The Freight Transport Association has published a complete guide to the eleven potential road pricing schemes which have been promoted by the Department for Transport and financed by the Transport Innovation Fund (TIF). Some of these are intended to be developed by local authorities for specific areas, and may be a pre-cursor to the creation of a national road pricing scheme in the longer term. For some others, decisions have been made not to proceed. The document reviews the proposals made so far.
FTA is prepared to support road pricing schemes where they can be shown to produce a net benefit for business users. However, the Association has identified a number of essential conditions that must be fulfilled in order for any scheme to gain its support. These include:
Any road pricing scheme should be part of a mix of policy actions to tackle congestion, including improved school transport, relaxation of delivery curfews, alternatives for journeys to work and discounts for the adoption of environmental best practice.
The purpose of any road pricing scheme must be to reduce congestion, not raise money.
The technology must be interoperable with other schemes in the UK and the rest of the EU.
A priority action must be to establish how the costs and benefits to industry of a road pricing scheme can be measured.
Evaluation of schemes must include the impact on deliveries to businesses in the charged area and on the edge of the charging zone.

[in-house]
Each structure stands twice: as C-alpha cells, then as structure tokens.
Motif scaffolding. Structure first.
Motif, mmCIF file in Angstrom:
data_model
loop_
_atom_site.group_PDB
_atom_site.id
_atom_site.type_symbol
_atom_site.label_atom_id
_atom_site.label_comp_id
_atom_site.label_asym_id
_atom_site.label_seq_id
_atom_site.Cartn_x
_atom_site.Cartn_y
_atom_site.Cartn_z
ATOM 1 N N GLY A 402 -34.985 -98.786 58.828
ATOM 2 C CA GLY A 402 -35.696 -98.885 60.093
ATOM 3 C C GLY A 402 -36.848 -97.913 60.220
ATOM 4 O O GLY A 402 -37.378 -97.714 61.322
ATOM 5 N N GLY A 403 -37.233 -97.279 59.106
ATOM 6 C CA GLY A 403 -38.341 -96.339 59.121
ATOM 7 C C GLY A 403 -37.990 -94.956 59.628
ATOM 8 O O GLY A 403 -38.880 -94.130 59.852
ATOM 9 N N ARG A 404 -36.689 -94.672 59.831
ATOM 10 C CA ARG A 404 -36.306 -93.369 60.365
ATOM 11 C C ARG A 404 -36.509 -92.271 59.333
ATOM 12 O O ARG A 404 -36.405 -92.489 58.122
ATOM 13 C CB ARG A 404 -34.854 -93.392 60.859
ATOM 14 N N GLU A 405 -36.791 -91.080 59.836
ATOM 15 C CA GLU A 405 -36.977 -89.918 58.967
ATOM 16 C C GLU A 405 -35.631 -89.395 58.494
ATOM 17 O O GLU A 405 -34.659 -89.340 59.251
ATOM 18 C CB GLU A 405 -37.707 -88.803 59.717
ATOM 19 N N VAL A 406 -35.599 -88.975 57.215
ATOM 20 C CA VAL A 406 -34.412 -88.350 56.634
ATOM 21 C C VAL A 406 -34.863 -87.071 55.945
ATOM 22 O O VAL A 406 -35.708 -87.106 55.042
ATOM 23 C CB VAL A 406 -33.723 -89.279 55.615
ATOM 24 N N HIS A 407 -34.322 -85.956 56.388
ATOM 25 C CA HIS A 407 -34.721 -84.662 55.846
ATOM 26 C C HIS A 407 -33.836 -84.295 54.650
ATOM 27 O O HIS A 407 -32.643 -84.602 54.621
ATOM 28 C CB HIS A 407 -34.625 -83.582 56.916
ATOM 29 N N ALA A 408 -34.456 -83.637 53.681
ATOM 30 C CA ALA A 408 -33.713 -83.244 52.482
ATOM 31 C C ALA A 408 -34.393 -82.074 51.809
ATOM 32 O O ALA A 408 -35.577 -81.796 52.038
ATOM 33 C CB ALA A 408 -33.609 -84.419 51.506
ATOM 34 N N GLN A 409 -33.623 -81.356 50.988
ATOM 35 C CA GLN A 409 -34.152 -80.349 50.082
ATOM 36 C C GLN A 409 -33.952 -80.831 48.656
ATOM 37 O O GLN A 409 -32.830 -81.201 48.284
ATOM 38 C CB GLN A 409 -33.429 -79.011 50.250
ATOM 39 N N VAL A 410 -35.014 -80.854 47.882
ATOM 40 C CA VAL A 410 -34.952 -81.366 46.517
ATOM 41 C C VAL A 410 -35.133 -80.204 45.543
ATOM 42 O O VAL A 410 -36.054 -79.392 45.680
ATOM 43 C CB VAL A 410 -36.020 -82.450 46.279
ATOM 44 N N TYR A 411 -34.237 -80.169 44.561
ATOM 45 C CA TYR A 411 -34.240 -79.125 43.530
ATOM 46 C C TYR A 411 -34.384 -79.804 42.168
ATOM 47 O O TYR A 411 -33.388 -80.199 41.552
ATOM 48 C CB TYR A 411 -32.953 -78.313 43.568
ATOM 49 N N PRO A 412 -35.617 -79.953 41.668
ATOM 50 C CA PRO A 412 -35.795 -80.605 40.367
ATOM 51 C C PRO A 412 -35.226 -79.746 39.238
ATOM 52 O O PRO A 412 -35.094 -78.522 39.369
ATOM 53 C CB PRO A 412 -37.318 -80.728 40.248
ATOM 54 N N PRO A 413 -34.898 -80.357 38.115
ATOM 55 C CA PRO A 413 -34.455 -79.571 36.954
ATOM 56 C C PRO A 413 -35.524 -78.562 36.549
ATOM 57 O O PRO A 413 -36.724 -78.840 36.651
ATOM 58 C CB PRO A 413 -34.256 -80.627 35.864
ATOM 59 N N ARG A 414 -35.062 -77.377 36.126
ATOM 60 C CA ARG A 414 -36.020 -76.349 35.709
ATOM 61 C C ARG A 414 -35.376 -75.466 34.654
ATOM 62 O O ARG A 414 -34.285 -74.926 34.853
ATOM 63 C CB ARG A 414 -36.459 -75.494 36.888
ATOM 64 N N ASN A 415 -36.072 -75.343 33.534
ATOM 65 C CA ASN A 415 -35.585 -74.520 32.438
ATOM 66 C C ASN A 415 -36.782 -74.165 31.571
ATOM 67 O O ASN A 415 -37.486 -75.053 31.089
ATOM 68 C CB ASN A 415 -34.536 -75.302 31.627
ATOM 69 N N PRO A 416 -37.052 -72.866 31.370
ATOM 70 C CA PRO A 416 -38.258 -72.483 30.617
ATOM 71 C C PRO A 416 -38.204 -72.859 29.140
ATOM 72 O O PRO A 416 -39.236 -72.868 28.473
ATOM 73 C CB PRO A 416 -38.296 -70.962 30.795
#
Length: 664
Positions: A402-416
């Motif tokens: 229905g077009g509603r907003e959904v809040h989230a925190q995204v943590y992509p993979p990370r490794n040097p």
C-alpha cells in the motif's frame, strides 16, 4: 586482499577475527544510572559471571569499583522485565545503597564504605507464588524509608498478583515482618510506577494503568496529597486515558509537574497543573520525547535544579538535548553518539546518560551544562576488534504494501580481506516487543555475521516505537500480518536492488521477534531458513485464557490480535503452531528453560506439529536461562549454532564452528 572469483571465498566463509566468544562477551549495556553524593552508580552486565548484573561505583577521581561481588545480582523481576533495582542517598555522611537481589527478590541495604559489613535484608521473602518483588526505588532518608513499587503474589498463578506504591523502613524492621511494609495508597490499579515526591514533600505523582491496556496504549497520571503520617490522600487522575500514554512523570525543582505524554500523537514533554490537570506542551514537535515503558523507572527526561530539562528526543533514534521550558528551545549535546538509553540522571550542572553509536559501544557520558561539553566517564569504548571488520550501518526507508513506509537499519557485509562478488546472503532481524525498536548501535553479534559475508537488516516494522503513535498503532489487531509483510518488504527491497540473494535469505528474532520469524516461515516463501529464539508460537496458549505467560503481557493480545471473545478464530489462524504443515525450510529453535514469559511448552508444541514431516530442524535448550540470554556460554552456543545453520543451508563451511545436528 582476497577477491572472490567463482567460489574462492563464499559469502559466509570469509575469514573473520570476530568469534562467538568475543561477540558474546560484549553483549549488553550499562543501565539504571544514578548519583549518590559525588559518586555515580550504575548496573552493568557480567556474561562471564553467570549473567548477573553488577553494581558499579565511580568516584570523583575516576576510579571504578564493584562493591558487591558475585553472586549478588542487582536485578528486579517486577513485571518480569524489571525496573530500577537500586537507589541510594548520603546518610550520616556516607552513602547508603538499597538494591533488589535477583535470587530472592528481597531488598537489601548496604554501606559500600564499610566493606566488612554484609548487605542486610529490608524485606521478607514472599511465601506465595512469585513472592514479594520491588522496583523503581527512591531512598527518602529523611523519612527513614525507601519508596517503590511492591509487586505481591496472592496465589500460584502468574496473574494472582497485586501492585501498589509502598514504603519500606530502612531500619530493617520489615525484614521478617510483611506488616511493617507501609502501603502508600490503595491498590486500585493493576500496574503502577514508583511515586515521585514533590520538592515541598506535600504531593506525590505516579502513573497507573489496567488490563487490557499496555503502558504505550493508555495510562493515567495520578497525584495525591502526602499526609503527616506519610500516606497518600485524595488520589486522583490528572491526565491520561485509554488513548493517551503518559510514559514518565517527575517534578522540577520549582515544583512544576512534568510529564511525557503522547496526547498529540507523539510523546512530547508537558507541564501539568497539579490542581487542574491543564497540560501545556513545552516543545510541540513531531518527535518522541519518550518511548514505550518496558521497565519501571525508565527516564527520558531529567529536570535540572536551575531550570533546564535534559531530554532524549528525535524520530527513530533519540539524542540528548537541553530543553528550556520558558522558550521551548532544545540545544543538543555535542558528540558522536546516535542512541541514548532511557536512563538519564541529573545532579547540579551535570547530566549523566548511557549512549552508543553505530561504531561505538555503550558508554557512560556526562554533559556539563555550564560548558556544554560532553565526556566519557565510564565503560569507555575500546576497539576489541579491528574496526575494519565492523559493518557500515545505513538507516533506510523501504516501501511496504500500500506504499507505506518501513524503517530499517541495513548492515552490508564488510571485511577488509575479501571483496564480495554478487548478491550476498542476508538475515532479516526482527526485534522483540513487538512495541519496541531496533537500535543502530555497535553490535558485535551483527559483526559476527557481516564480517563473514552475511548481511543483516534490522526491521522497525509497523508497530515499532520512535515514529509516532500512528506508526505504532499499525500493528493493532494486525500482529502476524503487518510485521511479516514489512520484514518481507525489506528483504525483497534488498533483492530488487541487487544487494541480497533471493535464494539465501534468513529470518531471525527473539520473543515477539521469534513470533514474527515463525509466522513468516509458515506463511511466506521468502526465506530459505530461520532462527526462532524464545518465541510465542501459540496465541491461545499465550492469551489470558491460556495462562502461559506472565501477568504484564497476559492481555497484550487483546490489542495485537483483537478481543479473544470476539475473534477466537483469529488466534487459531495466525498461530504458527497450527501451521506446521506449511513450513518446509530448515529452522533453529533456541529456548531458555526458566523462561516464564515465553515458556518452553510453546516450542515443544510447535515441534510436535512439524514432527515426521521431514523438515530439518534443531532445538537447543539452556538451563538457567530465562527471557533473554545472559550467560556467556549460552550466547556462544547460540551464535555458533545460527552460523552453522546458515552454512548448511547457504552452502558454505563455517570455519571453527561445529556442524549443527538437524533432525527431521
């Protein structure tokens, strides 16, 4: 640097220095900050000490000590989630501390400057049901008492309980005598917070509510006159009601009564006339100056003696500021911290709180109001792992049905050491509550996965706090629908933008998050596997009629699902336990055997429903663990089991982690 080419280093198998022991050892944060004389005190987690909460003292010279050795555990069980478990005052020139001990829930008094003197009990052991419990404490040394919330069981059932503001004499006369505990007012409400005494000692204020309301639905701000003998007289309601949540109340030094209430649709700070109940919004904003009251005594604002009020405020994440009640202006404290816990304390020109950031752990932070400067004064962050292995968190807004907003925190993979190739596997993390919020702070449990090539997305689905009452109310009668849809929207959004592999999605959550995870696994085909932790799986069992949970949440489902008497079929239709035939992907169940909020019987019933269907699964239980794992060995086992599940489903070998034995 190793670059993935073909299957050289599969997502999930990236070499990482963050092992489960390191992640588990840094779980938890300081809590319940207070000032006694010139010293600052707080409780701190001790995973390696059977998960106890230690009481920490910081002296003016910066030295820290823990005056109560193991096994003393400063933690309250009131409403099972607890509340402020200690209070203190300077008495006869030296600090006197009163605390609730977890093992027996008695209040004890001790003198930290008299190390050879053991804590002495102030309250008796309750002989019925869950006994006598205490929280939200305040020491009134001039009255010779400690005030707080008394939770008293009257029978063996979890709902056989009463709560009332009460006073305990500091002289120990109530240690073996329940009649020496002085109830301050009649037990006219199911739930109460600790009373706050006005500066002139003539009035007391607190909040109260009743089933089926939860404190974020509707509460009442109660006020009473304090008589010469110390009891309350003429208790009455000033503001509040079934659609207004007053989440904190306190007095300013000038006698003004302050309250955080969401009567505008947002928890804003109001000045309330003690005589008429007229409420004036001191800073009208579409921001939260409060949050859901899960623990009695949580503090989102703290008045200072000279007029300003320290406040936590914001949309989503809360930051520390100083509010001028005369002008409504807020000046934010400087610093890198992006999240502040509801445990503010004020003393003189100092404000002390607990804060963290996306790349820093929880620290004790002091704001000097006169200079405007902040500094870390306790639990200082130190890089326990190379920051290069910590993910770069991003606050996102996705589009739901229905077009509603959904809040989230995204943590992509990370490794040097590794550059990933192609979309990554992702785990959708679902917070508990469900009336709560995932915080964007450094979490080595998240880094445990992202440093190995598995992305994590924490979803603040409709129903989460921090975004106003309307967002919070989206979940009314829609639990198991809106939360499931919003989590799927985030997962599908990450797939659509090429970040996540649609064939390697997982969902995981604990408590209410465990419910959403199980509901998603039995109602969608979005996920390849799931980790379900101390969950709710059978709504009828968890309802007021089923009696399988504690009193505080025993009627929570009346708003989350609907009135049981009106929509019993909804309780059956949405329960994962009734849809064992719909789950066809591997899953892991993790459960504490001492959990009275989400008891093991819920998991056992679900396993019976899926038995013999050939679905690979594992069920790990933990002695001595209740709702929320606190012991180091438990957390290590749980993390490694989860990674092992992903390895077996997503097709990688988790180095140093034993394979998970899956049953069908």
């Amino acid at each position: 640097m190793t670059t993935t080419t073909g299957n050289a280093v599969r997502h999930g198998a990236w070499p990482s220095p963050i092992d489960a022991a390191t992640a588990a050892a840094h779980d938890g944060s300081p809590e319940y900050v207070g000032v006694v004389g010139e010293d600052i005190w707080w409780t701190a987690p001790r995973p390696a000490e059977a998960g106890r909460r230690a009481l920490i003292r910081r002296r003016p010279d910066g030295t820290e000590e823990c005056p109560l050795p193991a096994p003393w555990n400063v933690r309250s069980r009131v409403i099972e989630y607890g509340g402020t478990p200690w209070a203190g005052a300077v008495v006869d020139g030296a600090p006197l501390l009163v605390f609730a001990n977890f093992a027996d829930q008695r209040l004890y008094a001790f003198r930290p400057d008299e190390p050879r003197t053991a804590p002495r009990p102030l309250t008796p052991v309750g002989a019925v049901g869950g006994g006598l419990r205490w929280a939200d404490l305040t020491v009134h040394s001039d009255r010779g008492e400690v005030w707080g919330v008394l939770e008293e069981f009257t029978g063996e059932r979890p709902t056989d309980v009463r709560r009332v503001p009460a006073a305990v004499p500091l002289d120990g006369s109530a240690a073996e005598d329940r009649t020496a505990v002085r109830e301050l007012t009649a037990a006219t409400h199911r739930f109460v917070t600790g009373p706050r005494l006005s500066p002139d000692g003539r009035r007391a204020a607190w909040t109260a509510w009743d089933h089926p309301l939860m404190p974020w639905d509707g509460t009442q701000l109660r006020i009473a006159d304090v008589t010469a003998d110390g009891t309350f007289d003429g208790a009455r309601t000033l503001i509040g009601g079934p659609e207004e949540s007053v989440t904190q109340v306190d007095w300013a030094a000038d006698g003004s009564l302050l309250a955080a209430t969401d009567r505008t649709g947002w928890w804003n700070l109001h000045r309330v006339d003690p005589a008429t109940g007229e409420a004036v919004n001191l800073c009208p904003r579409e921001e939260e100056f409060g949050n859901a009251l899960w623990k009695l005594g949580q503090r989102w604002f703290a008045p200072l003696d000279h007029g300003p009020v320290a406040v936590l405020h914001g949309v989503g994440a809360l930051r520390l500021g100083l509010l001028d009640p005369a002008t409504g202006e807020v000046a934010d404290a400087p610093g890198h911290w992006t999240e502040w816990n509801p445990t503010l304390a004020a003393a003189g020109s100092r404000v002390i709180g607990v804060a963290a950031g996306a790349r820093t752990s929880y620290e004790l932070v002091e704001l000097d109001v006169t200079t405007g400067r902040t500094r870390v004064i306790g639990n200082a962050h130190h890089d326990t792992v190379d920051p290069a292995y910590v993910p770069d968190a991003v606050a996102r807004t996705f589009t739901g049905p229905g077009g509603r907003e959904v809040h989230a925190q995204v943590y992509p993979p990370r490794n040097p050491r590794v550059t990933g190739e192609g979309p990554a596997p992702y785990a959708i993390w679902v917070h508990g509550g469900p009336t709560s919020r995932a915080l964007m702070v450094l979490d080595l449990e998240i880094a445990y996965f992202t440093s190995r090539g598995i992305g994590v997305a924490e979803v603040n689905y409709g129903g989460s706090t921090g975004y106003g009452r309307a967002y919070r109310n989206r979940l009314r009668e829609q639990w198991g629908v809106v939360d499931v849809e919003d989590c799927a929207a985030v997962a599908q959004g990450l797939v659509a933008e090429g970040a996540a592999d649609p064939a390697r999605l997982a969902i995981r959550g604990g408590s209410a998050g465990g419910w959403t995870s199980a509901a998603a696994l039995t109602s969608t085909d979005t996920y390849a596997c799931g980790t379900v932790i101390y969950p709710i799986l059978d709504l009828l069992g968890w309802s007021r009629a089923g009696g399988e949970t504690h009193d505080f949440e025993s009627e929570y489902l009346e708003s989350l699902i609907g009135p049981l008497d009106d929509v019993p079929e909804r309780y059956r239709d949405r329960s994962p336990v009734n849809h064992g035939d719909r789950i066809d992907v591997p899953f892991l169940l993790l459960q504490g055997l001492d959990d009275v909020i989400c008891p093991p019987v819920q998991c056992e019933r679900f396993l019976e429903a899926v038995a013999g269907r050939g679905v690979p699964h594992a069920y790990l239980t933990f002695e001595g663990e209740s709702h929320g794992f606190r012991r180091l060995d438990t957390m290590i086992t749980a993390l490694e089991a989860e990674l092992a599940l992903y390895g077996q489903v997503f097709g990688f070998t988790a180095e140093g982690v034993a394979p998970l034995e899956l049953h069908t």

FTA's Head of Urban Access Policy, Stephen Kelly said, 'The efficient movement and delivery of goods and services is a key ingredient in both the national and local economies, is vital to businesses, and serves consumers. We all have a stake in making deliveries and collections work as well a possible. If road pricing schemes can reduce congestion, cut costs, speed deliveries and benefit users, then they may be welcome. If by spending £5 a lorry operator can get £6 of benefits in saved time and slicker delivery, then all well and good.
'But if a scheme fails to produce any benefits, places additional costs on vehicle operators and is merely used by a local authority to raise money, then it will most certainly not be acceptable.
'The Freight Transport Association will be carefully examining all proposals to check their practical, operational and economic viability, and we will resist any proposal that cannot demonstrate worthwhile and measurable benefits to commercial vehicle operators.'
The eleven schemes examined by the FTA report are in Cambridge, Durham, East Midlands, Bristol, Manchester, Leeds, Norwich, Reading, Tyne & Wear, West Midlands and Shropshire. However, it is now clear that the schemes at East Midlands, Norwich, Tyne & Wear, West Midlands and Shropshire are not going ahead.
The FTA report is available from http://www.fta.co.uk/information/road-pricing/road-pricing-0908.pdf